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Old 10-12-2012, 09:40 AM   #71
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How were you able to get the cuts for the patches with such a clean cut? any particular tool? We are looking into making some patch work too and wondering how to obtain a good clean cut.
Also we see that you patched the propane refrigerator roof vent, may be I missed but are you removing the vent at all or moving it to another location?
Is looking good! you have talent! keep the work
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Old 10-12-2012, 07:37 PM   #72
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Quote:
Originally Posted by VeggieBullet
How were you able to get the cuts for the patches with such a clean cut? any particular tool? We are looking into making some patch work too and wondering how to obtain a good clean cut.
Also we see that you patched the propane refrigerator roof vent, may be I missed but are you removing the vent at all or moving it to another location?
Is looking good! you have talent! keep the work
I'm no Wabitteer nor do I have his talent but I've had excellent luck making nice clean cuts in sheet aluminum with this Grizzly electric shear. http://www.grizzly.com/products/Elec...al-Shear/H2867. I have had a hard time keeping the sheet from bending on a long cut with my hand shears, but the electric shear cuts out a thin strip of metal and leaves a nice edge that requires only a light pass with a file to be ready to go. It was well worth the $60. You can finish off the rounded corners with a hand shear and a file. The electric shear is really good at long straight cuts and even with my skills, I can make a straight cut with no more than a millimeter of variation across the length of the cut.
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Old 10-12-2012, 11:06 PM   #73
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For food storage I'm going with a 24VDC /120VAC Vitrifrigo unit I got scratch'n dent salvage.

My grizzly-like pneumatic shears failed miserably on .040, had to do a rough cut and then band saw the fine cut. The shears worked decently on .025 and less so on .032" stock. A pneumatic punch nibbler works well too, especially on rounded corners, always use a guide edge. Gee, I wote about this already. Use the rotary saw to cut wherever there is backing interference from ribs and such. One trick is a table top belt sander, let the sheet ride loosely on the running belt to perfectly smooth it andget a small bevel going to keep from having raw edges catch any & everything, knuckles, elbows, tractor-trailers, roadside branches.

Rotozip with a Flush Cut Guard Attachment - diamond dust wheel or 1/16" metal cutting wheel and a aluminum barstock straight edge works well for thicker aluminum sheet. Did a 46" straight cut on trailer just fine. Fine bastard file to give a slight rounded profile and its good to go.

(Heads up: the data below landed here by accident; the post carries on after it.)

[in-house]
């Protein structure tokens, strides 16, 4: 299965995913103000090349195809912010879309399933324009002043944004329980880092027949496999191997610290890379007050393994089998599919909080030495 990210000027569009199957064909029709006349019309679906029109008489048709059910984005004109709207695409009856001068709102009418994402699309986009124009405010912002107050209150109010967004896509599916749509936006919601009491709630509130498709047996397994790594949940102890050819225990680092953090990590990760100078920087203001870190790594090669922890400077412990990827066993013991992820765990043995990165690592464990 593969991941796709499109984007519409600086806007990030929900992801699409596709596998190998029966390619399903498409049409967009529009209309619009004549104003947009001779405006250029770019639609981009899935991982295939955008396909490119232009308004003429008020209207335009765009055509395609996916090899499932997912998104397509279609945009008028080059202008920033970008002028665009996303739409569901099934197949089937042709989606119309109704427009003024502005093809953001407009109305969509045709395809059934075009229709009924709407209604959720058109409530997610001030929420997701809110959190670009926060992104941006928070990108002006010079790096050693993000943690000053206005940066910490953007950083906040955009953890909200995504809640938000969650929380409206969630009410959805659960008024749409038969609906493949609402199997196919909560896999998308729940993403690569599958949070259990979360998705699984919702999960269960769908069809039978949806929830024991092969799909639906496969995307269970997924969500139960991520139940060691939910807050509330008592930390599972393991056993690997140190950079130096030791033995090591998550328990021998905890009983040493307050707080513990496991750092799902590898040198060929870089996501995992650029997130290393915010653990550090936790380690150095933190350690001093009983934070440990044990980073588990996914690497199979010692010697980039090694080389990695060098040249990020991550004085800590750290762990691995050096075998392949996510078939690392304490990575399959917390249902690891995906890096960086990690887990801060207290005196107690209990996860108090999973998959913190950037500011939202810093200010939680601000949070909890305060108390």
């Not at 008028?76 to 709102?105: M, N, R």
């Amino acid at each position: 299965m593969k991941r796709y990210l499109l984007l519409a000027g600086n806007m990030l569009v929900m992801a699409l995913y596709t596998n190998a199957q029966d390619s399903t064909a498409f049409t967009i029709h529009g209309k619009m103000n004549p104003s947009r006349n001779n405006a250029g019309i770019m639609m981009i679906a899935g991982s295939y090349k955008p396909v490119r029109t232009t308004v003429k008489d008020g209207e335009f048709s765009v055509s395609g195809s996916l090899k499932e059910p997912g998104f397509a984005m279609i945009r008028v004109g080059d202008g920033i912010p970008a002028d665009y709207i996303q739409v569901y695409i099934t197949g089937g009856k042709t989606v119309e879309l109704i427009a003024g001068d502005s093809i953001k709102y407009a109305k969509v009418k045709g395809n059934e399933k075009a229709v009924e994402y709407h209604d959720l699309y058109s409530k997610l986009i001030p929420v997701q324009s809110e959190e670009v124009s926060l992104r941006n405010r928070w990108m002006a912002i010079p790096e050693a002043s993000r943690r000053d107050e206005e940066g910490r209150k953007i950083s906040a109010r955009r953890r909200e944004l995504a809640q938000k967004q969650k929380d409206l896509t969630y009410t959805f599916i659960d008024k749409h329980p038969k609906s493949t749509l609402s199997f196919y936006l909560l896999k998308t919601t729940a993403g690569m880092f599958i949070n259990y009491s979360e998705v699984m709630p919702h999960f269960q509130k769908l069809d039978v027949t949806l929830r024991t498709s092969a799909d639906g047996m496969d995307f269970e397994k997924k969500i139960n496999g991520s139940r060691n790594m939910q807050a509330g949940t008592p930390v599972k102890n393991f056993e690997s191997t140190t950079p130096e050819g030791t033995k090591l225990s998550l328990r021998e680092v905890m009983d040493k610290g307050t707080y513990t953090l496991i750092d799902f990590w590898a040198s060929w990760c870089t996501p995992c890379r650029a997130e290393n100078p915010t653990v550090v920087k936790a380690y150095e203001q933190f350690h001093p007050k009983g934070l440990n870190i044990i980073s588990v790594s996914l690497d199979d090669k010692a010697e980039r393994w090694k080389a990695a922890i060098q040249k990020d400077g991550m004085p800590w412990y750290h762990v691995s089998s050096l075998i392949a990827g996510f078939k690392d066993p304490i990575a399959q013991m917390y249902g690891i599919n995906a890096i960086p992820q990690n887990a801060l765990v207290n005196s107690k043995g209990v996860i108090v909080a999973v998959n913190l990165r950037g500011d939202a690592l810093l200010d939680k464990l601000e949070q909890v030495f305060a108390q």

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Old 10-14-2012, 07:47 PM   #74
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I think the thickest I've cut with my Grizzly shears is .032" so I don't know if they'd fail on anything thicker.
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Old 10-15-2012, 03:03 PM   #75
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Insulation?

I know I can’t cover every possibility or give a thumbnail sketch of every idea I’ve had.

What’d I’d really like is a 2013 trailer and then tear it down and stuff it with Aerogel but you don’t want to hear that either.

Kinda crazy to not have six-inch walls and a 9-inch ceiling if trying to claim we’ve insulated these old Airstreams! Either hot or cold-climate mobile homes will always out perform a 1-1/2 inch shell any day of the week. But I have this this here trailer and want to insulate it….

I always planned on painting the shell interior so I might as well hedge my bets with the additives - I understand it’s playing around with the surface coating – but with 1-1/2 inches of room to play with paint film or two isn’t going to crash the party much.

Where I’ve been living sees an average of 28 nights below zero temperature, over the 40 years this trailer has existed that’s 1100+ nights or 3 years of “deep freeze” conditions. And our average annual temperature of 45.4 °F (7 °C) gives the Twin Cities area the coldest annual mean temperature of any major metropolitan area in the continental U.S. Now let’s stack on constant wind out on the Great Prairie, so everyone have some cheese and crackers with my whine.

99% of paintable insulations are meant for 200, 300, 500 degree temperature differences. Using them for ‘slight’ temperature differences under long durations is not very effective, and the non-exotic types available to consumers are mostly meant for exterior top coat for extreme sun where sun heating pushes untreated exposed material temperatures above 200°F.

So on my project I’m speculating the inverse of that is true, say -30°F overnight temperatures with a huge wind-chill boost (-50. -60)) and maintain a 70°F (or survivable) living space without needing a science fiction “Mr. Fusion unit & 1.21 gigawatts of power” to travel forward into time to the next day.

It’s kind of like fuel economy in a tow vehicle where the difference between 8 and 9 mpg doesn’t mean much until the 10th fill up ‘is free’ except every trip out to refill propane or buy diesel or generator fuel counts against energy usage totals.

Over a couple or three years I've glommed onto a mix of insulation: